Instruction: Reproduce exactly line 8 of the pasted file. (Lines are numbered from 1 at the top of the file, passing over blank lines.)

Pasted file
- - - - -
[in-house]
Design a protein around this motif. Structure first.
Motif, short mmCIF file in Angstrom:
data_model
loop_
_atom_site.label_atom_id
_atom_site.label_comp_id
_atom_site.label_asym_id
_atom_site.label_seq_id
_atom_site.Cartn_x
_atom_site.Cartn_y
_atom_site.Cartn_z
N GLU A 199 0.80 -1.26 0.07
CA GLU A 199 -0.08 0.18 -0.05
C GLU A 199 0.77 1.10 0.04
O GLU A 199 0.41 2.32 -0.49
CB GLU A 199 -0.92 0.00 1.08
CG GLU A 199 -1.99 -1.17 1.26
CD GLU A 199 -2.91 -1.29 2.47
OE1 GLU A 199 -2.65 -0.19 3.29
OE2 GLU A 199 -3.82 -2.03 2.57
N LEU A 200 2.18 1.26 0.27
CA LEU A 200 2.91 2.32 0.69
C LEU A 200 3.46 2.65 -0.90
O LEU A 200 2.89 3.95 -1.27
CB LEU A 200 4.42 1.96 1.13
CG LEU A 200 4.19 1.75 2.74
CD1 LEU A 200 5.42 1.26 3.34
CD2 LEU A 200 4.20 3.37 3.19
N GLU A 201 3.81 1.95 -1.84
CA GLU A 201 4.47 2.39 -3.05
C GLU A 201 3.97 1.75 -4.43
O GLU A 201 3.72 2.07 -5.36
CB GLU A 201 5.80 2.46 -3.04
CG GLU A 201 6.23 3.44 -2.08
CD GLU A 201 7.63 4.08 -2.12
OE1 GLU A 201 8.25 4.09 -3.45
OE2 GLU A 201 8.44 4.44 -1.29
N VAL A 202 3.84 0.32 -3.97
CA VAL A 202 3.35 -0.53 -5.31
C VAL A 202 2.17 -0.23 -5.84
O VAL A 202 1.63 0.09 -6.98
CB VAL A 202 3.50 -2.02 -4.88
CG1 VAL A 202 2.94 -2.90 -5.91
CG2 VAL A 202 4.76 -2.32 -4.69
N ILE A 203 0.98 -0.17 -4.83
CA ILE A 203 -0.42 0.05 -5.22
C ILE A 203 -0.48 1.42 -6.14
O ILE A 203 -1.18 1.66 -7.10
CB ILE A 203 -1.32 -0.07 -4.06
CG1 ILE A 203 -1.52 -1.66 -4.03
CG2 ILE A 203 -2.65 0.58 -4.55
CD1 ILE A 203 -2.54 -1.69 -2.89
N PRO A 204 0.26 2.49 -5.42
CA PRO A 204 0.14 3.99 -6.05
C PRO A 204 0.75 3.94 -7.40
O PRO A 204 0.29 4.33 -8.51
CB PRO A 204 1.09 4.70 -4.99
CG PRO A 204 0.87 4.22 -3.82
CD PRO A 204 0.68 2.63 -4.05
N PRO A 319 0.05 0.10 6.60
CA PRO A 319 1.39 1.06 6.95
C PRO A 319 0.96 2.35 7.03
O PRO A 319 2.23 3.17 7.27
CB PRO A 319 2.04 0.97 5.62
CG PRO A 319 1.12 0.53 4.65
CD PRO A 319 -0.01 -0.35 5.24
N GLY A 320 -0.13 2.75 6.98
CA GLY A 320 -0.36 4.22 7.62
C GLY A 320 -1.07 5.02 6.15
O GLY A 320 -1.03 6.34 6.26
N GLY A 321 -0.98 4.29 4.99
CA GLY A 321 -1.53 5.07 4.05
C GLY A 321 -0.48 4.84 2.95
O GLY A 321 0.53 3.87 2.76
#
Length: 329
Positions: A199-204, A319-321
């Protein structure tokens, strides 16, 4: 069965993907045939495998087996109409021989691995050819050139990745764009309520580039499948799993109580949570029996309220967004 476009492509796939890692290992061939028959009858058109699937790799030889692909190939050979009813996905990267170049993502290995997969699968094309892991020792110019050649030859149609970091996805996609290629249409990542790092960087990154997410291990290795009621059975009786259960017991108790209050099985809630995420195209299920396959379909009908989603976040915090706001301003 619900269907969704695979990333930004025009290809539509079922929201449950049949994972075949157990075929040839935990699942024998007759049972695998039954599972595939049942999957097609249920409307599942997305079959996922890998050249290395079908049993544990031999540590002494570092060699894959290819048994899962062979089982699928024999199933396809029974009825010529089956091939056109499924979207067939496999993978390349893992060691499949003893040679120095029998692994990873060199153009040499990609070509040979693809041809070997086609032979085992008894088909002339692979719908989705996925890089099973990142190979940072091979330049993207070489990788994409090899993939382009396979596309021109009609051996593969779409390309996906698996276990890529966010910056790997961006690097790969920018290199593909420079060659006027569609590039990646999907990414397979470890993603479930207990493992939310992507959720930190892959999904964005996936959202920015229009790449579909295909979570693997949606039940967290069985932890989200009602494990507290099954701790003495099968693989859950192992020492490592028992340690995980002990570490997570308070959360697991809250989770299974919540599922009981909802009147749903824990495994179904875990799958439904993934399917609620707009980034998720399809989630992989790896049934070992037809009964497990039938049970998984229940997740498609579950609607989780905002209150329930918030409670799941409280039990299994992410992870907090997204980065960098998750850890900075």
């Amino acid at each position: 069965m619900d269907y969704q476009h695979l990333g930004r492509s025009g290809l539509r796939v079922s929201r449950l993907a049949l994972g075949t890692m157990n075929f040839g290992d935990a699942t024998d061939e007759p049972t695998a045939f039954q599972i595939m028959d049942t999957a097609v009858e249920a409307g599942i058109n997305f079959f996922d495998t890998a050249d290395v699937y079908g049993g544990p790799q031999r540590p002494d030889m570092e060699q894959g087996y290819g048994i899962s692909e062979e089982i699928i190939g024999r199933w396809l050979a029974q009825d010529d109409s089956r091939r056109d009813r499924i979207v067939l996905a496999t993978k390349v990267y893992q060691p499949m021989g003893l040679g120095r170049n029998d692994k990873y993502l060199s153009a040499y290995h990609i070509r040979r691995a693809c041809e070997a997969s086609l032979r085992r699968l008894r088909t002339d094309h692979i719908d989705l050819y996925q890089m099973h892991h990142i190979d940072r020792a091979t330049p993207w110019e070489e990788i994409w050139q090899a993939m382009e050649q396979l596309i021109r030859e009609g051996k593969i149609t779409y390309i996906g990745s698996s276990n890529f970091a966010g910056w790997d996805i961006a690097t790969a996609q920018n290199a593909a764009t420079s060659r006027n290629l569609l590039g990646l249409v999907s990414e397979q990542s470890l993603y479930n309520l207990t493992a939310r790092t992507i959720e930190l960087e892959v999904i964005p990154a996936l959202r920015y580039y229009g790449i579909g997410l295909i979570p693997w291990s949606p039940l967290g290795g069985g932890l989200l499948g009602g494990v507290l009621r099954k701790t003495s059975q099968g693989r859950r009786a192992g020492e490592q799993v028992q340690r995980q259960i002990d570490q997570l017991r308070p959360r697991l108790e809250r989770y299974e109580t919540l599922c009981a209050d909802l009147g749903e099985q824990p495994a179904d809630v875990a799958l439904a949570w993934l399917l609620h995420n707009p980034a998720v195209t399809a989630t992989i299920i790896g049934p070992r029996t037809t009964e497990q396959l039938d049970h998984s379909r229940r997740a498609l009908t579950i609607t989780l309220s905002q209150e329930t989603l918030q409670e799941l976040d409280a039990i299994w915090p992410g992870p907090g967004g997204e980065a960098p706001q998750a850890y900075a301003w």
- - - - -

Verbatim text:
_atom_site.label_asym_id